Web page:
House Republican leaders have raised the prospect that a Border Patrol chief was the target of retaliation by the U.S. Customs and Border Protection (CBP) chief after the Border Patrol official sat for a transcribed interview with Congress.
Gregory K. Bovino, the chief patrol agent of the El Centro Border Patrol sector in California’s imperial valley, offered a transcribed interview with the House Oversight Committee and House Homeland Security Committee on July 12, 2023. According to Oversight Committee Chair James Comer (R-Ky.) and Homeland Security Committee Chair Mark Green (R-Tenn.), within hours of finishing his testimony, Mr. Bovino was informed that he had been relieved of his command at the El Centro sector and “reassigned to a vague, indefinite, and temporary headquarters assignment.”
The timing of Mr. Bovino’s reassignment raised suspicions for Mr. Comer and Mr. Green that the CBP had reassigned the Border Patrol official in retaliation for his testimony.
In a letter to acting CBP Commissioner Troy Miller, the two lawmakers shared allegations from a whistleblower that Mr. Bovino’s new assignment is “one of no certain mission, no articulable purpose, and without any timeline of completion.”
“The whistleblower further alleges that this practice is consistent with the way in which CBP officials have dealt with employees who they wish to leave the agency, by placing maximum pressure on them to relocate, retire, or resign,” the Republican lawmakers added.
Citing further whistleblower allegations, Mr. Comer and Mr. Green raised allegations “that Chief Bovino may have produced written testimony in preparation for this hearing that was dissatisfactory to CBP officials: so much so that he was verbally reprimanded by headquarters officials.”
The Republican lawmakers called on the acting CBP commissioner to provide answers about the reassignment. The lawmakers specifically asked for all CBP documents and communications relating to Mr. Bovino’s employment. They also asked for records of any discussions between CBP and Department of Homeland Security or White House officials pertaining to Mr. Bovino’s past congressional testimony or appearances as a witness for transcribed interviews.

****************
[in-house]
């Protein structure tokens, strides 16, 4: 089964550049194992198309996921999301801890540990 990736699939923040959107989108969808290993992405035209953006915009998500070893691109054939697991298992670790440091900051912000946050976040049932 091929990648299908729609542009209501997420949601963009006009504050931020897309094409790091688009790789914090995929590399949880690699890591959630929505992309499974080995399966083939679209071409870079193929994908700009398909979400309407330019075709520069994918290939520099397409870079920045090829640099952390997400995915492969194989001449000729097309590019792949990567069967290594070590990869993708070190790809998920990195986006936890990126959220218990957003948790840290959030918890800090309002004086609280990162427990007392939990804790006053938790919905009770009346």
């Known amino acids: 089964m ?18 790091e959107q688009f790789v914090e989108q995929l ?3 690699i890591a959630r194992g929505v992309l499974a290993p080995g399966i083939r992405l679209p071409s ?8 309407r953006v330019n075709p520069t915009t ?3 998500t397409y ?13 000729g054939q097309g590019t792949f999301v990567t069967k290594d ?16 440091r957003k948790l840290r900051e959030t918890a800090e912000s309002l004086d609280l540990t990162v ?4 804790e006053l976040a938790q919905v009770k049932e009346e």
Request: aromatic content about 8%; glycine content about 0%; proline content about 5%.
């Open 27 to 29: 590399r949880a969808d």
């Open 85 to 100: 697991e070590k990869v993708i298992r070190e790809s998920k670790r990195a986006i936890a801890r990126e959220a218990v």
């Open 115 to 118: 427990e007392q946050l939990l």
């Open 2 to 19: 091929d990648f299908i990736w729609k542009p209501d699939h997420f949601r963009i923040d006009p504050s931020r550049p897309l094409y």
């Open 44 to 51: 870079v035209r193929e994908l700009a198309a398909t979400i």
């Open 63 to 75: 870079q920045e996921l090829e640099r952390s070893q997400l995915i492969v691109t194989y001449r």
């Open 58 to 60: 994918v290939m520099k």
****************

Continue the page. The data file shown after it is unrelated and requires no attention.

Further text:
The lawmakers further called upon Mr. Miller to be ready to brief House committee staff on this issue by July 28 at the latest.
NTD News reached out to CBP for comment but the agency did not respond by the time this article was published.
According to a CBP statement obtained by The Washington Times, Mr. Bovino was previously reassigned to a headquarters position in 2021, and his subordinates ‘did an excellent job’ handling the El Centro border sector while he was gone. The CBP also claimed it’s dealing with a broader reorganization effort after the overall U.S. Border Patrol chief, Raul Ortiz, retired in June.
Border Patrol Chiefs Previously Blocked From Speaking to Congress
Mr. Bovino was one of several Border Patrol sector chiefs who were invited to testify at a House Oversight Committee hearing earlier this year, but Mr. Comer accused Homeland Security Secretary Alejandro Mayorkas of blocking some of the Border Patrol officials from doing so. Rio Grande Valley Sector Border Patrol Chief Gloria Chavez and Tucson Sector Chief John Modlin did testify, but Mr. Bovino and others did not appear for the hearing.
“It is unfortunate that you are trying to prevent the American people from hearing candid and truthful testimony of U.S. Border Patrol Chief Patrol Agents,” Mr. Comer wrote in a Jan. 27 letter (pdf) to Mr. Mayorkas. “This is necessary oversight, which you and your Department are attempting to block.”
After Mr. Bovino and other Border Patrol officials were blocked from attending the Feb. 7 hearing, Mr. Comer sent a letter (pdf) to Mr. Miller, requesting that he help facilitate interview times for Mr. Bovino and the other Border Patrol officials. Mr. Bovino’s July 12 transcribed interview was the culmination of this earlier effort to get him to talk to members of Congress.